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All opinions are subject to modification and technical correction prior to official publication in the North Carolina Reports and North Carolina Court of Appeals Reports. In the event of discrepancies between the electronic version of an opinion and the print version appearing in the North Carolina Reports and North Carolina Court of Appeals Reports, the latest print version is to be considered authoritative.

NO. COA01-1268


Filed: 3 September 2002


v .    

    Appeal by defendant from judgments entered 1 May 2001 by Judge A. Leon Stanback in Orange County Superior Court. Heard in the Court of Appeals 13 August 2002.

    Attorney General Roy Cooper, by Assistant Attorney General Jeffrey R. Edwards, for the State.

    Leonard Law Firm, by Robert K. Leonard, for defendant appellant.


    On 1 May 2001, a jury found Robert Warren Pratt (“defendant”) guilty of one count of first-degree rape, two counts of first- degree sexual offense, two counts of first-degree kidnapping, and one count of second-degree kidnapping. For the reasons stated herein, we find no error in the judgments of the trial court.
    At trial, the State presented evidence tending to show the following: On the evening of 13 September 1995, Nyssa Matson (“Matson”) and Todd Hinson (“Hinson”) encountered defendant while walking their dogs on a trail at Duke Forest in Orange County, North Carolina. Defendant, armed with a gun and wearing dark glasses, a false beard and a wig, approached Hinson and Matson and demanded money. When they replied that they had no money,defendant ordered them into the woods, stating that, “If you resist me, I'll kill you.”
    As Hinson and Matson entered the woods, defendant approached a third individual, Charles Neuman (“Neuman”), who was also walking his dog. Defendant demanded money from Neuman, who attempted to give defendant his wallet. Defendant never took the proffered wallet, but instead ordered all three off the trail and into the forest. When they reached a level area in the woods, defendant told the victims to lie on their stomachs and place their hands behind their backs, whereupon he bound their hands and eyes with duct tape. Defendant repeatedly threatened that, “If you don't do what I tell you, I will kill you.” Defendant then approached Matson and informed her that, “You have a choice. I can rape you or I'll kill you. Make a decision.” After taping Matson's mouth, defendant removed her clothing and digitally penetrated her vagina. He also penetrated her vaginally with his penis and sodomized her several times.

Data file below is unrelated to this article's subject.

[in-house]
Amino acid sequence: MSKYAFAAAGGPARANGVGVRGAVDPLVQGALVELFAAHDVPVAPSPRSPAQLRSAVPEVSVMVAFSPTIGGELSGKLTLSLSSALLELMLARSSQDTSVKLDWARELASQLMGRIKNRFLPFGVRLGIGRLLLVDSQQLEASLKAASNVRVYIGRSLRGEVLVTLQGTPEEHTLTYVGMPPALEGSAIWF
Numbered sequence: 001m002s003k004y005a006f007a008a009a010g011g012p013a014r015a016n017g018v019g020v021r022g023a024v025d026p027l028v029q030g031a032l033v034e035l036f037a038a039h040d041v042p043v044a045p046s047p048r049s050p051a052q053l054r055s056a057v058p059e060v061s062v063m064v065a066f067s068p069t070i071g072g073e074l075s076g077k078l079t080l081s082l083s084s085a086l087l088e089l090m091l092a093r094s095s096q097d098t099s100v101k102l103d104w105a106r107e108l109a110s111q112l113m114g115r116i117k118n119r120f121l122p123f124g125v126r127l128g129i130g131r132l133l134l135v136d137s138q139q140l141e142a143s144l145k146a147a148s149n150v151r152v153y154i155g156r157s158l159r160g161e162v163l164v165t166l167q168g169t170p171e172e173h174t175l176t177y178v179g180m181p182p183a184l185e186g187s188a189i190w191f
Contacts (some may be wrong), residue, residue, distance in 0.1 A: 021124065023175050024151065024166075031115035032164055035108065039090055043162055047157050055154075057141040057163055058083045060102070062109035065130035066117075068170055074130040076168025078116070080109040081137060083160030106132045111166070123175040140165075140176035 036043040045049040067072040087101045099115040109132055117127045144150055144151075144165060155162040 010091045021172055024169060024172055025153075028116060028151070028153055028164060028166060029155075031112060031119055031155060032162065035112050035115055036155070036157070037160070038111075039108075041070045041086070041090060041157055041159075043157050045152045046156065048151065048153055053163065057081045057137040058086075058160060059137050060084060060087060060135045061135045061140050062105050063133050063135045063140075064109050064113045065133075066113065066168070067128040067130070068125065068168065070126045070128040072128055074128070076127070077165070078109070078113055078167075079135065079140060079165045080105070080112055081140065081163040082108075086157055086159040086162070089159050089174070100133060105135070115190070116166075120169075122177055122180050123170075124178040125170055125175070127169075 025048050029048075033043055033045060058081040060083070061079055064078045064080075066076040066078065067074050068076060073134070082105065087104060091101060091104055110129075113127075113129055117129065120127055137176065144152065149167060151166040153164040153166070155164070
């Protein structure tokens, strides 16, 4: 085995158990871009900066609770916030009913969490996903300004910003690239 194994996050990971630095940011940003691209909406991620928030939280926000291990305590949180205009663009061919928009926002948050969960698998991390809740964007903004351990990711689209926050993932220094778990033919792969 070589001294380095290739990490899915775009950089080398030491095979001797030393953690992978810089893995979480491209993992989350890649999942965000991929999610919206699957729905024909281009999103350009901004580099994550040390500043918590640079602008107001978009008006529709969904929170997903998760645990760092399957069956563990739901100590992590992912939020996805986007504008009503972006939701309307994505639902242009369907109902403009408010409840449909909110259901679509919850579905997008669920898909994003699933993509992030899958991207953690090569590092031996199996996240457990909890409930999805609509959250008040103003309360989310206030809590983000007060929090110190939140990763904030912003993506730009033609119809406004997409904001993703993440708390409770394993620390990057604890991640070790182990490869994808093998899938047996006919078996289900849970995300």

Upon completing his assault on Matson, defendant informed the victims that, “Well, you've done what you were supposed to do, so I guess I'll let you live[,]” and departed. The victims thereafter freed themselves and summoned law enforcement. Defendant's palm prints were later identified on the duct tape collected from the scene, and DNA testing of the semen samples taken from Matson matched DNA samples taken from defendant.
    On 26 March 2001, the court held a competency hearing to determine defendant's ability to stand trial. Dr. Robert Rollins,a forensic psychiatrist at Dorthea Dix Hospital, testified as an expert witness for the State. Dr. Rollins opined that, although defendant suffered from schizophrenia, he was nevertheless able to understand the nature and object of the proceedings against him and to assist in his own defense. Defendant presented two expert witnesses, forensic psychiatrist Dr. James Bellard, and forensic psychologist Dr. Christopher Norris. Dr. Bellard testified that, while defendant knew and understood the charges against him, his paranoid delusions prevented him from effectively assisting in a defense on his behalf. Specifically, Dr. Bellard explained that defendant believed himself to be cursed, and that anyone attempting to assist him would be hindered by this curse, and that therefore it was futile to provide names of witnesses who might testify on his behalf. Dr. Norris similarly testified that defendant suffered from paranoia and schizophrenia, but had no conclusive opinion as to whether defendant could assist in his own defense.
    Upon hearing all of the evidence, the trial court found defendant competent to stand trial. On 1 May 2001, the jury found defendant guilty of all charges, whereupon the trial court sentenced him accordingly. From these judgments, defendant appeals.
    Defendant presents three issues on appeal, arguing that the trial court erred in (1) finding defendant competent to stand trial; (2) excluding evidence that defendant was mentally unsound when he committed the crimes; and (3) denying defendant's motion todismiss or, alternately, to lower the first-degree kidnapping charges to that of second-degree kidnapping. For the reasons stated herein, we find no error by the trial court.
    By his first assignment of error, defendant argues that the trial court erred when it found him competent to stand trial. Defendant asserts that the trial court's decision is unsupported by the evidence and the law concerning competency. We disagree.
    Section 15A-1001(a) of the North Carolina General Statutes provides in pertinent part that